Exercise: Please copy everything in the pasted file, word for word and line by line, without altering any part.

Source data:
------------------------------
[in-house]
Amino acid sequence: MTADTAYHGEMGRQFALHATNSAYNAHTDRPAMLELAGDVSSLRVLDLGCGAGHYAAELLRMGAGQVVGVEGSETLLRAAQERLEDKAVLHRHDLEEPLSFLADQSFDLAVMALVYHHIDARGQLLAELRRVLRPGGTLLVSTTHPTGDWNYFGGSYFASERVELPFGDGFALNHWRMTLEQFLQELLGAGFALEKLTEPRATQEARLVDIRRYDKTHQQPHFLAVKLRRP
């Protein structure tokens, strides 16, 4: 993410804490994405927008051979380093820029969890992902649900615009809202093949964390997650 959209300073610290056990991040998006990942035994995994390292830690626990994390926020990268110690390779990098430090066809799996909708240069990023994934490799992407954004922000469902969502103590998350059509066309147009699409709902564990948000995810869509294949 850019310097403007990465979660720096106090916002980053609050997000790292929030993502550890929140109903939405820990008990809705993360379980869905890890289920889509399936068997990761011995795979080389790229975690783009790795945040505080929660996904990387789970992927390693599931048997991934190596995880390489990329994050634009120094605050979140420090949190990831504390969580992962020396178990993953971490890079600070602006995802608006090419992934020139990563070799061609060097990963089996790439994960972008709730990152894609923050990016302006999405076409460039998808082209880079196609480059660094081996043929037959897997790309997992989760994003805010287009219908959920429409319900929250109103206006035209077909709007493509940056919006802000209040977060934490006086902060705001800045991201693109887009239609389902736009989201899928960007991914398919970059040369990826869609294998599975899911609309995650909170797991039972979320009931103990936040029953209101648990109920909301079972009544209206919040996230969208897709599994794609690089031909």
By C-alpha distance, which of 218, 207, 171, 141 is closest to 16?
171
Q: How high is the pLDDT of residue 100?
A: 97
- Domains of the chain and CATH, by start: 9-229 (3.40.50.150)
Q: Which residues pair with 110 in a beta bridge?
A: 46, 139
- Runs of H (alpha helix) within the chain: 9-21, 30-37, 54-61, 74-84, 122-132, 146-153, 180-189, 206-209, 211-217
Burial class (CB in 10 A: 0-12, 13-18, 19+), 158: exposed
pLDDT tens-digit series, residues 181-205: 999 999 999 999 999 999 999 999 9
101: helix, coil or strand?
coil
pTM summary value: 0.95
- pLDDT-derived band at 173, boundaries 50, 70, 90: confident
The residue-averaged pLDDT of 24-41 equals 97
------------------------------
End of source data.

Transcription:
[in-house]
Amino acid sequence: MTADTAYHGEMGRQFALHATNSAYNAHTDRPAMLELAGDVSSLRVLDLGCGAGHYAAELLRMGAGQVVGVEGSETLLRAAQERLEDKAVLHRHDLEEPLSFLADQSFDLAVMALVYHHIDARGQLLAELRRVLRPGGTLLVSTTHPTGDWNYFGGSYFASERVELPFGDGFALNHWRMTLEQFLQELLGAGFALEKLTEPRATQEARLVDIRRYDKTHQQPHFLAVKLRRP
């Protein structure tokens, strides 16, 4: 993410804490994405927008051979380093820029969890992902649900615009809202093949964390997650 959209300073610290056990991040998006990942035994995994390292830690626990994390926020990268110690390779990098430090066809799996909708240069990023994934490799992407954004922000469902969502103590998350059509066309147009699409709902564990948000995810869509294949 850019310097403007990465979660720096106090916002980053609050997000790292929030993502550890929140109903939405820990008990809705993360379980869905890890289920889509399936068997990761011995795979080389790229975690783009790795945040505080929660996904990387789970992927390693599931048997991934190596995880390489990329994050634009120094605050979140420090949190990831504390969580992962020396178990993953971490890079600070602006995802608006090419992934020139990563070799061609060097990963089996790439994960972008709730990152894609923050990016302006999405076409460039998808082209880079196609480059660094081996043929037959897997790309997992989760994003805010287009219908959920429409319900929250109103206006035209077909709007493509940056919006802000209040977060934490006086902060705001800045991201693109887009239609389902736009989201899928960007991914398919970059040369990826869609294998599975899911609309995650909170797991039972979320009931103990936040029953209101648990109920909301079972009544209206919040996230969208897709599994794609690089031909």
By C-alpha distance, which of 218, 207, 171, 141 is closest to 16?
171
Q: How high is the pLDDT of residue 100?
A: 97
- Domains of the chain and CATH, by start: 9-229 (3.40.50.150)
Q: Which residues pair with 110 in a beta bridge?
A: 46, 139
- Runs of H (alpha helix) within the chain: 9-21, 30-37, 54-61, 74-84, 122-132, 146-153, 180-189, 206-209, 211-217
Burial class (CB in 10 A: 0-12, 13-18, 19+), 158: exposed
pLDDT tens-digit series, residues 181-205: 999 999 999 999 999 999 999 999 9
101: helix, coil or strand?
coil
pTM summary value: 0.95
- pLDDT-derived band at 173, boundaries 50, 70, 90: confident
The residue-averaged pLDDT of 24-41 equals 97